Now, you may be wondering how technical a musical about a 1979 office workplace can be.  We are talking about an environment where a stapler was a cutting edge gadget.  Well, for starters, Dolly Parton herself plays the role of Narrator; via a beautifully presented projected image which interacts with action on the stage at several points.  The show also involves some ‘flying’ for the cast and scene changes involve literally dozens of items of stage set and furniture being wheeled and twirled in complex choreography.  In fact, some of these scene changes were breathtaking with Kenneth Foy’s scenic design whirled into place as part of ongoing dance sequences under Jeff Calhoun’s expert direction to become a seamless part of the action.

 

9 to 5: The Musical Tour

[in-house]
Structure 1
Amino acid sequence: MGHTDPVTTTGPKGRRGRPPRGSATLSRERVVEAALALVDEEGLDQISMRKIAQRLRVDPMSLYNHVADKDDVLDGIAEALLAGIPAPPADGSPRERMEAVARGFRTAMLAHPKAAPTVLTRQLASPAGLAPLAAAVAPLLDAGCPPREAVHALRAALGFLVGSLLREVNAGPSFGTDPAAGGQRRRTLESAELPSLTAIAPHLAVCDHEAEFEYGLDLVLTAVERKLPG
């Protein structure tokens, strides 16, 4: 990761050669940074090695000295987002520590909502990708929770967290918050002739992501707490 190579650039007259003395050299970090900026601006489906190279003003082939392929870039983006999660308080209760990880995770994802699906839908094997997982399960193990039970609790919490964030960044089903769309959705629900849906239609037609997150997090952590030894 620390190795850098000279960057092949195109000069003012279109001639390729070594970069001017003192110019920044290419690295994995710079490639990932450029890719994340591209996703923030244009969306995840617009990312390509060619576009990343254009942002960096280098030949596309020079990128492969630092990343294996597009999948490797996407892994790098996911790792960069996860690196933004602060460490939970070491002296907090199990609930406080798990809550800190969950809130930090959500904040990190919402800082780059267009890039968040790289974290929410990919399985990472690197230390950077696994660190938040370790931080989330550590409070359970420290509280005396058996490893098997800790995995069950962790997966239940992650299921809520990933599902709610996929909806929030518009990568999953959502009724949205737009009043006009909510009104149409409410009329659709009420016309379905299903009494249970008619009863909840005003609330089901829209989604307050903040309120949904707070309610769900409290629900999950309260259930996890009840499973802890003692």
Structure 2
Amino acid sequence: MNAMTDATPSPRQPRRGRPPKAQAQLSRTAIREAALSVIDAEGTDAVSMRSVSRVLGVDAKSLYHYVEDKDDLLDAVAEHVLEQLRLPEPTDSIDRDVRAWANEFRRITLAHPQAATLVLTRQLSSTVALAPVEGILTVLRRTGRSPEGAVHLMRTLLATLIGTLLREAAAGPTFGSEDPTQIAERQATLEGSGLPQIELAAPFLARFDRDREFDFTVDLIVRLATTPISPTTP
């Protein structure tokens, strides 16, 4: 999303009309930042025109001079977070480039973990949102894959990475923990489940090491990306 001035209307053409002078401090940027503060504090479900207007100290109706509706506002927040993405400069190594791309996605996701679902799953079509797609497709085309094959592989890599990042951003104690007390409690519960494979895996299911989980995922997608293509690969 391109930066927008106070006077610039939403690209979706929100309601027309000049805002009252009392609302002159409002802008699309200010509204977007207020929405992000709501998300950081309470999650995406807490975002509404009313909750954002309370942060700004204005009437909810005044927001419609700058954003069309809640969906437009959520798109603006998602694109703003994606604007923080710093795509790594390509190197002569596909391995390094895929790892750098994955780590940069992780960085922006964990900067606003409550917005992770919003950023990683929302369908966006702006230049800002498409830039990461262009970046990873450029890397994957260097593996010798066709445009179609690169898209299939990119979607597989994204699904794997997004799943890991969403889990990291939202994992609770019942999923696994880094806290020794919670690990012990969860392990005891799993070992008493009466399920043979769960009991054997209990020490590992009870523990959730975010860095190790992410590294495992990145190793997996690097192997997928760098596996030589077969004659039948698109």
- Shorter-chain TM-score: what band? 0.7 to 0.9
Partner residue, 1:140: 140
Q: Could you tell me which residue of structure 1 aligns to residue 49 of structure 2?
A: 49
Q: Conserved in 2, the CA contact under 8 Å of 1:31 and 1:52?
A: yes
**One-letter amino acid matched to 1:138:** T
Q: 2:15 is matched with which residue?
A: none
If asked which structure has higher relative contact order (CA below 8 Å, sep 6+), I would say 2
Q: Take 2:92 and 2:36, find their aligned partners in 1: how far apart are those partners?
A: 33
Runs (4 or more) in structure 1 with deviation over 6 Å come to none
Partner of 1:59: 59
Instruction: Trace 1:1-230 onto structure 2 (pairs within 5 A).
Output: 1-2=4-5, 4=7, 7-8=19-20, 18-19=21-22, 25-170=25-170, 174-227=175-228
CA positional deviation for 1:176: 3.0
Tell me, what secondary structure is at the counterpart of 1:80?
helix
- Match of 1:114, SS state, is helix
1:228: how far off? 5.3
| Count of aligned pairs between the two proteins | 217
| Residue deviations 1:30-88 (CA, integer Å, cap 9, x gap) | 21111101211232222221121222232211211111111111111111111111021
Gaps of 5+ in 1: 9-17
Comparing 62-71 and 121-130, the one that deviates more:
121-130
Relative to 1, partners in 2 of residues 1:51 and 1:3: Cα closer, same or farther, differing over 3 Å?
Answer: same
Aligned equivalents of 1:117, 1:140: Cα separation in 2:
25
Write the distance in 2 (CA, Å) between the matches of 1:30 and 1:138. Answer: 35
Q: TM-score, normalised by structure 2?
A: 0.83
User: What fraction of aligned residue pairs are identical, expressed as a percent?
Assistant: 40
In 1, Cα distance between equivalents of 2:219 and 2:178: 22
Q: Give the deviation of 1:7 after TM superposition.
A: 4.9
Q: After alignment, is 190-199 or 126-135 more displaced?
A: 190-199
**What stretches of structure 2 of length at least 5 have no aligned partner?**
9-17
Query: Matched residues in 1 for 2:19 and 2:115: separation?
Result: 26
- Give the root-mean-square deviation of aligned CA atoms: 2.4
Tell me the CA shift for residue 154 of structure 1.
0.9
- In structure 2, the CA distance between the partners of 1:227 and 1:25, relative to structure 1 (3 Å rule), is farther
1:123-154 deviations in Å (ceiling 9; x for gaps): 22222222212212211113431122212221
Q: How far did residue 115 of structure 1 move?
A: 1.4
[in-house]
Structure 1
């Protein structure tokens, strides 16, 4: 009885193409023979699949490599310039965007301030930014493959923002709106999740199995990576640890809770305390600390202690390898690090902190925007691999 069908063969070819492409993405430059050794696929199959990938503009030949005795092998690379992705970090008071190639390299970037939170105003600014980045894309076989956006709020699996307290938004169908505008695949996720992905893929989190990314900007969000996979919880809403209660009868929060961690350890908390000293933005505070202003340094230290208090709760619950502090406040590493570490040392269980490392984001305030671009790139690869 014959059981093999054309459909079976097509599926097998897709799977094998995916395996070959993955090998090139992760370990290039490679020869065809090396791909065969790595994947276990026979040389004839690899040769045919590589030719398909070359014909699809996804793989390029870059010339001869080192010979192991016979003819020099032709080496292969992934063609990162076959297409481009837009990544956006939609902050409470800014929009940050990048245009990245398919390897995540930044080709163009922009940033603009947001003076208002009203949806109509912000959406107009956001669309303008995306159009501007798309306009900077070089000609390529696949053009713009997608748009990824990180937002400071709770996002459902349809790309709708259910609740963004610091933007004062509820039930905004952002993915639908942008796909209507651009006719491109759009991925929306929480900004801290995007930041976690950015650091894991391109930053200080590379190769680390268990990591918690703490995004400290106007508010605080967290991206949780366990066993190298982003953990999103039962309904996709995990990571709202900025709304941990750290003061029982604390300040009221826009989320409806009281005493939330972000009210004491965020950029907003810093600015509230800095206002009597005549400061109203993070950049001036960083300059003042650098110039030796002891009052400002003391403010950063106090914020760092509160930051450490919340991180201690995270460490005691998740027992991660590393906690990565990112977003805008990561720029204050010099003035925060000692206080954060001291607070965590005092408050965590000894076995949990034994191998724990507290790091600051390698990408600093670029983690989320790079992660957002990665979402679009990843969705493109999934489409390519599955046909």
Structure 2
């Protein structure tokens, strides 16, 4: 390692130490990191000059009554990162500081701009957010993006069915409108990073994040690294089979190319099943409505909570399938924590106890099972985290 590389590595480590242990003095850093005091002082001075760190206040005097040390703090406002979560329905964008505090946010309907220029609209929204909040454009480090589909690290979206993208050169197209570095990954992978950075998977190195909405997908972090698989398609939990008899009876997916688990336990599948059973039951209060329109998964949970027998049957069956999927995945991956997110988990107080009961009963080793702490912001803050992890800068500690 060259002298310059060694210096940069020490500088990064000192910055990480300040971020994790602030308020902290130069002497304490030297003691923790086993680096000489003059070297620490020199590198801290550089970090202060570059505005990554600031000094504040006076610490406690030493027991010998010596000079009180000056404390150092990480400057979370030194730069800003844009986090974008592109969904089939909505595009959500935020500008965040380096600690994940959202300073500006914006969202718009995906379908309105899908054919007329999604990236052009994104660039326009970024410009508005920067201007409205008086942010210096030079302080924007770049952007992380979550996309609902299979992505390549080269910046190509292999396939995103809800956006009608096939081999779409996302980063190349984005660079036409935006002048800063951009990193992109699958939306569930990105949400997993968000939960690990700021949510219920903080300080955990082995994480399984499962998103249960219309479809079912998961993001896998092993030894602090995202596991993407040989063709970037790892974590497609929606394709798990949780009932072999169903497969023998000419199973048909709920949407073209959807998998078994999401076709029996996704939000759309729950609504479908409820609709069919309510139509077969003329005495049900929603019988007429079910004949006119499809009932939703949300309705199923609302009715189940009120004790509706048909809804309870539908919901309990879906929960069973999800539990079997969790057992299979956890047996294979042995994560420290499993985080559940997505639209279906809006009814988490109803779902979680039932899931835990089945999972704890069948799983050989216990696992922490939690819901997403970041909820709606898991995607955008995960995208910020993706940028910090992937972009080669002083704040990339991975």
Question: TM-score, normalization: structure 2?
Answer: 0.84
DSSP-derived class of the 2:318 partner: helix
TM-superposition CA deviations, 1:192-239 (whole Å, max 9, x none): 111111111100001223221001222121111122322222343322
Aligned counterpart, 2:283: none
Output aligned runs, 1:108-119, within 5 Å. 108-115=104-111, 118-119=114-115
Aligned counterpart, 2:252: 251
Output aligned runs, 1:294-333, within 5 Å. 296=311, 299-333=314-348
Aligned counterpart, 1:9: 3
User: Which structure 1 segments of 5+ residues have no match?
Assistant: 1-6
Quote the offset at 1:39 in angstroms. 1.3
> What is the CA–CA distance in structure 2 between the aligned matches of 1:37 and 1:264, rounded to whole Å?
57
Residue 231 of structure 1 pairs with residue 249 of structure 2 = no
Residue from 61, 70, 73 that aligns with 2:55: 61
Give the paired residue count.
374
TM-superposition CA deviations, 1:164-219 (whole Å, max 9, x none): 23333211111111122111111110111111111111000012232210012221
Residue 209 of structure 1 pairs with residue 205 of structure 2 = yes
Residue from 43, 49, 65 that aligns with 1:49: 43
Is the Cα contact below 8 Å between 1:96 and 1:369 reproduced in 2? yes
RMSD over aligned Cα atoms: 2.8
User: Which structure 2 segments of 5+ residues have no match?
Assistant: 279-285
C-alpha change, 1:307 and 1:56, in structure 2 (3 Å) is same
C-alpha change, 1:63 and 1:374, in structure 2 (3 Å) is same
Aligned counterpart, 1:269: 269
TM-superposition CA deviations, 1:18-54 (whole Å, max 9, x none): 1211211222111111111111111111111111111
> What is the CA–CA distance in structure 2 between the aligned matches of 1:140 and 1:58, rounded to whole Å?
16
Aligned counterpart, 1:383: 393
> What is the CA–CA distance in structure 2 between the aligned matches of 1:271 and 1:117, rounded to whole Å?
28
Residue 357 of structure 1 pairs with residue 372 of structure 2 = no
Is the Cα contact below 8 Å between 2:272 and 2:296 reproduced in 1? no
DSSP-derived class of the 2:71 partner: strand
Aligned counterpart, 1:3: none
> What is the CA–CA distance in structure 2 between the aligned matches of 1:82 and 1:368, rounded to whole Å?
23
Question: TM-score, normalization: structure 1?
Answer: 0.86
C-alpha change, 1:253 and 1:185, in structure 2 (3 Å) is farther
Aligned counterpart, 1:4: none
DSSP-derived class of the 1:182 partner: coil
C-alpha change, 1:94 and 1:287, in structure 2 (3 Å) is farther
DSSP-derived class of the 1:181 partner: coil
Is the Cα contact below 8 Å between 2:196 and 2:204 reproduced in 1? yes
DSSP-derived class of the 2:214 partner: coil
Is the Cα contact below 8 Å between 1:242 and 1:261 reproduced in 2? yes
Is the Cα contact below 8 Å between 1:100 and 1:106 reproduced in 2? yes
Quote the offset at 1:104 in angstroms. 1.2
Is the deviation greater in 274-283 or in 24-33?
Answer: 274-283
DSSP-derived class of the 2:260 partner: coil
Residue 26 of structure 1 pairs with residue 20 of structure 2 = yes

To compliment this presentation master class for the modern musical theatre audience there were first class onstage performances.  The ensemble were full of individual characters delivering high energy choreography and vocal harmonies with flair.  Here I am in danger of simply listing the names of the principal cast who were nothing short of excellent.  I must force myself to limit mention to just an astonishing few: Bonnie Langford was mind blowing in the role of Roz, the sycophantic ‘eyes and ears’ of CEO Franklyn J Hart (arrogantly portrayed by Ben Richards).  The fact that she sang her most challenging notes while hanging upside down from the frame of her boss tells something of the physical challenges of this role!  Jackie Clune and Amy Lennox produced believable and strong character performances as Violet and Doralee while backing this up with outstanding vocals.  Natalie Casey won my heart playing the lead role in a previous tour of “The Wedding Singer” so it is all the more amazing that I found her portrayal of Judy to be breathtaking, particularly her heart-wrenching performance of “Get Out and Stay Out”.